The Immigrants’ Edge

What do Elon Musk (Tesla), Eric Yuan (Zoom), Arianna Huffington (Huffington Post), Andy Grove (Intel), Ray Kroc (McDonald’s), and Sergey Brin (Google) have in common? In addition to their business success, they are all immigrants or children of immigrants.

The names above are only a few in an endless list of highly skilled immigrants who have been remarkably successful in the world of technology and business entrepreneurship. Consider the following statistics:

  • One out of every four U.S. tech companies established since 1995 was founded by an immigrant.
  • 60 percent of the 25 most highly valued tech companies were co-founded by first or second generation immigrants. 
  • 43 percent of businesses on the U.S. Fortune 500 list were launched by immigrants or children of immigrants.
  • In 2016, 83 percent of the winners of the Intel International Science and Engineering Fair were children of immigrants.

From “This Land is our Land: An immigrant Manifesto” by Suketu Mehta
(Published by Farrar, Straus and Giroux, 2019) p. 198.

These statistics are especially remarkable when one considers the fact that immigrants account for only 13 percent of the U.S. population. Clearly that 13 percent includes a high percentage of leaders, visionaries, and entrepreneurs.

One must wonder: why are these people so successful? There is no doubt that “the land of opportunity” attracts talent and boosts the trend. This fact alone, however, does not account for the staggering statistics.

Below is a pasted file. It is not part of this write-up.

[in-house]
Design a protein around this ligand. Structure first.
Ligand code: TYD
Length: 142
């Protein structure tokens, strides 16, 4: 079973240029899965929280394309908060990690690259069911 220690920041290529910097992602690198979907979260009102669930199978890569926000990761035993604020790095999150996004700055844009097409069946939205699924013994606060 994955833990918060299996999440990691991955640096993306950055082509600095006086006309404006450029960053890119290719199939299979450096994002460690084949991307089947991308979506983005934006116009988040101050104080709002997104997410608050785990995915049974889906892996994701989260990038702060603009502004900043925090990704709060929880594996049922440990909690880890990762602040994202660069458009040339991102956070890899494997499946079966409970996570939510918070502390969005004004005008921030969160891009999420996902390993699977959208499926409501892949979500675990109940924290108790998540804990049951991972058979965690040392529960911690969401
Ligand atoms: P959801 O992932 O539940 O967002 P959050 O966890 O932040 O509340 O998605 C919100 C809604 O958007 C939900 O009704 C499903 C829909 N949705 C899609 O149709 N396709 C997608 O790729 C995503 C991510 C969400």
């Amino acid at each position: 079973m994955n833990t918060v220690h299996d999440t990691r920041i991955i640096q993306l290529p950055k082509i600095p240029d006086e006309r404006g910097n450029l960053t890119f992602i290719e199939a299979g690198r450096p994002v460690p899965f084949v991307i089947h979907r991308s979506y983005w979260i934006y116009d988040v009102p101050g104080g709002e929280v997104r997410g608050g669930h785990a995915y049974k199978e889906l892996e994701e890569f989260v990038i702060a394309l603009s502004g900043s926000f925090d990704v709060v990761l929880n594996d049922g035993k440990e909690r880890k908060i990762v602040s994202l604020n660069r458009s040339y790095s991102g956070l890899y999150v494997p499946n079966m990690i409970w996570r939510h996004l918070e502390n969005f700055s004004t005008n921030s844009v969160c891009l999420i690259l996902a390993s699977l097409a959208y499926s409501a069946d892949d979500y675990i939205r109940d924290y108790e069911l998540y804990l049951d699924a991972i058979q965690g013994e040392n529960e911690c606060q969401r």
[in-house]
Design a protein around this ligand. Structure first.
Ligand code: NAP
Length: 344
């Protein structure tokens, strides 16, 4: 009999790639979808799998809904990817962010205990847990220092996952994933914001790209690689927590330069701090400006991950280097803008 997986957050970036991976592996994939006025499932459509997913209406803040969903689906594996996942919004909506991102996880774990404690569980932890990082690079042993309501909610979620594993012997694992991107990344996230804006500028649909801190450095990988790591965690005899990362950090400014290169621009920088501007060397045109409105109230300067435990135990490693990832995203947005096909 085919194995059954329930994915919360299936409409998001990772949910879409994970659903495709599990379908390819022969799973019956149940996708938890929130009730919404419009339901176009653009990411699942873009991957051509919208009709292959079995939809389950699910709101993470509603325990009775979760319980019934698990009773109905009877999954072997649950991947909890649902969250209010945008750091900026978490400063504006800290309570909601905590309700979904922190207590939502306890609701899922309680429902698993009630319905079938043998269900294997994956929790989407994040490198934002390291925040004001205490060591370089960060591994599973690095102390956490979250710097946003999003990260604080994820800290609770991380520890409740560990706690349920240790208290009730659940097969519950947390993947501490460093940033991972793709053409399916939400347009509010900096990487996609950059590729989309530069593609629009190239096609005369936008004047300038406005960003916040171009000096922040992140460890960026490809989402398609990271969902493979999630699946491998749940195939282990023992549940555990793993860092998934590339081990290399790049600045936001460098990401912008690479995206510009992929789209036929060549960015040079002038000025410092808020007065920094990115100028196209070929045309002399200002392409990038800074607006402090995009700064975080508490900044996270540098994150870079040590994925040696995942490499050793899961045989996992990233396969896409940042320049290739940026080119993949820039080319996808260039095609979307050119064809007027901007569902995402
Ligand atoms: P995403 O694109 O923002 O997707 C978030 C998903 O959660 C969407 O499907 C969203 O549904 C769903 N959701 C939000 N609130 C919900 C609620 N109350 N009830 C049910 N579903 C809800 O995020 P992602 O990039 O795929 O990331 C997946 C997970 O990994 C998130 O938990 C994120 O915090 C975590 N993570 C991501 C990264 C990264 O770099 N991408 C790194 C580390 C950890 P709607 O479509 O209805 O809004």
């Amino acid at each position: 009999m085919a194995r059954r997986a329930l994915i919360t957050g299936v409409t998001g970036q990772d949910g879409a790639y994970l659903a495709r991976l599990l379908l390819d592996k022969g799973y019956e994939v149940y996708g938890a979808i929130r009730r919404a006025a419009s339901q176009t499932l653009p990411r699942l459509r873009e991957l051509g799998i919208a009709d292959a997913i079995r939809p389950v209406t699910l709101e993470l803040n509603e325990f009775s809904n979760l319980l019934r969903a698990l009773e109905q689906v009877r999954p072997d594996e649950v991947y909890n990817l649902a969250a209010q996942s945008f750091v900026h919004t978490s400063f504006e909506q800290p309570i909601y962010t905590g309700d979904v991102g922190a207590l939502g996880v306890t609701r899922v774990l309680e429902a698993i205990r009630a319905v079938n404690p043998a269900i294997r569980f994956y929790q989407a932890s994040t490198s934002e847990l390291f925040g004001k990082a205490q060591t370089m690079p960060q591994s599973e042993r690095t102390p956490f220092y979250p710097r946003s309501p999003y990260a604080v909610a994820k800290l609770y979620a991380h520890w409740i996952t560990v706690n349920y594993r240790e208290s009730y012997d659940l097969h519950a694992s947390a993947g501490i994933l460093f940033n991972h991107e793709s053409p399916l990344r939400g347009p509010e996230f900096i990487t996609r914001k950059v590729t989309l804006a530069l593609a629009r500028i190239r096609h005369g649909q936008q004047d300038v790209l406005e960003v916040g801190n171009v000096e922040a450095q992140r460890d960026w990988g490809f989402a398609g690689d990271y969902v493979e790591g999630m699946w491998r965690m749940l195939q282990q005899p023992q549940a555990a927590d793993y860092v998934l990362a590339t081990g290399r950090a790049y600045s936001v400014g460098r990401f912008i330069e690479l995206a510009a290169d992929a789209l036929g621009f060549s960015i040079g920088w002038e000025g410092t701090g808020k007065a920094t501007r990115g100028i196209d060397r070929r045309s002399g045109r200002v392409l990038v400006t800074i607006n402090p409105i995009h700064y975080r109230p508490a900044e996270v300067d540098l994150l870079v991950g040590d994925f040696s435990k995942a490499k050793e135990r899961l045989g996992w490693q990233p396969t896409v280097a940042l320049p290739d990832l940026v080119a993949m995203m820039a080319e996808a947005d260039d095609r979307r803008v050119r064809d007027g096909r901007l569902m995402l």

The Bicultural Advantage

Academic studies show that there are many advantages to being “bicultural,” a term that refers to a person who possesses the values, norms and perspectives of at least two different cultures. Consider how fluency in two languages, the ability to understand different perspectives and function in separate social structures is almost like having two sets of life skills. Being bicultural naturally broadens perspective, fosters creativity, increases problem-solving skills, and the list goes on. People with such abilities blaze new paths that drive technological advances.

In my work over the years, I have encountered many families moving internationally, and I often tell them that they are in for a great adventure: learning a new language and culture is only the beginning. The children in these families are receiving a great gift; it may be that the next technological breakthrough comes from one of these bicultural children!

If you have always lived in the same culture and will never have the opportunity to live in another, don’t despair! A new world with new perspectives is probably closer than you think: you can learn much from your international neighbor or co-worker.

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